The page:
We entered the workshop not knowing what might be inside. The sun was shining outside and when we walked through the door it took a second for my eyes to adjust.
A large wooden hull with a steel spine stood before me, in the middle of restoration, some kind of old fishing boat for sure. A sight that you just don’t see too often anymore, one of a historical boat being brought back to life.
The Port of Bellingham had seized it after a long period of moorage non- payment. She was left behind, neglected to the point of disrepair, she had become more of a liabilty than an asset. The Port needed to haul it out and dispose of it. Colony Wharf was contacted by the Port to do just that.
Jon Lopez is a marine carpenter at Colony Wharf and he saw something else, he saw an important and historic boat, it would have been a shame to let it go. He shared his thoughts with the folks at Colony Wharf, they said he could have it, they’d just give it to him. Of course the proper paperwork had to be processed, he had to go back to the port and get a bill of sale. For a “sale” to be completed there had to be a purchase price, so… one dollar was the purchase price.
2004 was the year that John and “Olive Oyl” first met.
Jon moved it over to his work area and began to fully inspect his new project. He pushed a screw driver into the wooden hull, it went right through. He inspected the decks, all rotten. This was a BIG project.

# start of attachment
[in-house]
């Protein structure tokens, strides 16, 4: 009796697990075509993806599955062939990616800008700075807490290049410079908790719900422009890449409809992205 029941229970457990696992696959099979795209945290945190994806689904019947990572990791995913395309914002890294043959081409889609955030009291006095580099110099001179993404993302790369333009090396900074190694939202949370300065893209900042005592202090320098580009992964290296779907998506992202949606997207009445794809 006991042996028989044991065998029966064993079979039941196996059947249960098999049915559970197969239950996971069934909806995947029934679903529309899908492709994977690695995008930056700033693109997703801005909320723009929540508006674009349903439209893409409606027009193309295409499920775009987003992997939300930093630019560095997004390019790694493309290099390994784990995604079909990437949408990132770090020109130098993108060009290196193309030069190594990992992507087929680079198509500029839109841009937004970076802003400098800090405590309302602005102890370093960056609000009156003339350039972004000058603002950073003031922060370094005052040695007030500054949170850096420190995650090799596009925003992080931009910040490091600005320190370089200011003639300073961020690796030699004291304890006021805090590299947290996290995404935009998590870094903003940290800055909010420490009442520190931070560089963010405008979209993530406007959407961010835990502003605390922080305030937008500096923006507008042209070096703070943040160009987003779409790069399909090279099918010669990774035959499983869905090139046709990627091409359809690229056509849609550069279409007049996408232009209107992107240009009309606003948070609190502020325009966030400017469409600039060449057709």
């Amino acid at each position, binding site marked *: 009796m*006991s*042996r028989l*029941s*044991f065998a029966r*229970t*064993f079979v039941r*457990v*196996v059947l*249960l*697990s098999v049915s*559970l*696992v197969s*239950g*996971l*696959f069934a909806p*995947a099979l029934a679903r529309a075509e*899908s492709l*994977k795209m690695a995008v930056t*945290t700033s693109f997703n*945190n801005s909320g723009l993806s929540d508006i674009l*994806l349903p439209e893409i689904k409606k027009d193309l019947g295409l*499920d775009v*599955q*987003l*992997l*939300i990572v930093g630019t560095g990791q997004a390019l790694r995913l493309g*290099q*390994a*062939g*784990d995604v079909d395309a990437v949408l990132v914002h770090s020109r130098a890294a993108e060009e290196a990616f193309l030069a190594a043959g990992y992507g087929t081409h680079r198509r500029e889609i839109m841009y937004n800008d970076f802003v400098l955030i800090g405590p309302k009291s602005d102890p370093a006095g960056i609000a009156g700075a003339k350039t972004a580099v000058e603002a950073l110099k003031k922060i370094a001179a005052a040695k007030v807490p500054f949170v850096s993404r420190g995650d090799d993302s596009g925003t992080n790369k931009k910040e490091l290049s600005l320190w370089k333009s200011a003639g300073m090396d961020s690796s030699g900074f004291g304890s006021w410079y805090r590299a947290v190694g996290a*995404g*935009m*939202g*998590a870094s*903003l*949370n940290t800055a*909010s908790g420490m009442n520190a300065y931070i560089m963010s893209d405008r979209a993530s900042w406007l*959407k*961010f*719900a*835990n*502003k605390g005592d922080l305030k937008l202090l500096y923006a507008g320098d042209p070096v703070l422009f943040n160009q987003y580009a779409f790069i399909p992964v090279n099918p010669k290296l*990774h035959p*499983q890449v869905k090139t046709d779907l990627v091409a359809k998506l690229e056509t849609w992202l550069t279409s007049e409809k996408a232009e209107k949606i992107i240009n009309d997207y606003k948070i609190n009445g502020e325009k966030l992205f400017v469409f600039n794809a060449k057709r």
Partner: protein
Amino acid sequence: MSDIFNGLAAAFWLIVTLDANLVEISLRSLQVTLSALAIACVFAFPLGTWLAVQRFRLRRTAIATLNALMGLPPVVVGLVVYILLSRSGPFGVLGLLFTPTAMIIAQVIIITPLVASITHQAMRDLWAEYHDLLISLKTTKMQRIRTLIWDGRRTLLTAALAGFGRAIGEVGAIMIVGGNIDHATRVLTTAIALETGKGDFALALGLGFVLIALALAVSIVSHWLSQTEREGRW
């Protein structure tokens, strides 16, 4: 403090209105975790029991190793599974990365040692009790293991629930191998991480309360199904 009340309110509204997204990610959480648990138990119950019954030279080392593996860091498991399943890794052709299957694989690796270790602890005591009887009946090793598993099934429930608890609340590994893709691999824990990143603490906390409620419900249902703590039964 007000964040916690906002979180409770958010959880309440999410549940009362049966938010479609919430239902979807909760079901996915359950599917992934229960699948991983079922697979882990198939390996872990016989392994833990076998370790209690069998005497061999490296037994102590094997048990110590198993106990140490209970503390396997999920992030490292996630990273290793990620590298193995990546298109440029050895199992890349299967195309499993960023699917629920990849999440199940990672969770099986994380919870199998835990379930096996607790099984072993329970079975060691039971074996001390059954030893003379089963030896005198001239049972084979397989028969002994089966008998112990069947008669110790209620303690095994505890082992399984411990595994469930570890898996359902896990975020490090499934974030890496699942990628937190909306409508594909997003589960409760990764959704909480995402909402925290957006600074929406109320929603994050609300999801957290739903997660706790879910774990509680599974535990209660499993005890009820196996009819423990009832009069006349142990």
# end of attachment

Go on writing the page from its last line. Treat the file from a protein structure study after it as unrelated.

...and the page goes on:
Olive Oyl was built in 1927 on the Duwamish River by Andrew Berg, a Norwegian boat builder who later moved to Blaine and became an important boat builder in the Skagit and Whatcom County area (another story for Cruising to look into). The boat has worked its whole life to this point, fishing in Alaska, Washington, Oregon and California over the years. John and his wife plan to use it as a pleasure boat upon completion.
Most of the work to date Jon has done himself, although there has been some bartering along the way. Jon traded work with one of the other companies at Colony Wharf, they had an old William Garden Designed wooden boat that needed refastening, and Jon needed the diesel engine rebuilt. They traded services with each otherI have to say, I envy Jon Lopez. This is a wonderful project.
Our plan here at Cruising is to continue to check in on the “Olive Oyl” (and Jon) and follow it until she goes in the water (scheduled for spring of 2013). We hope you will follow along with us!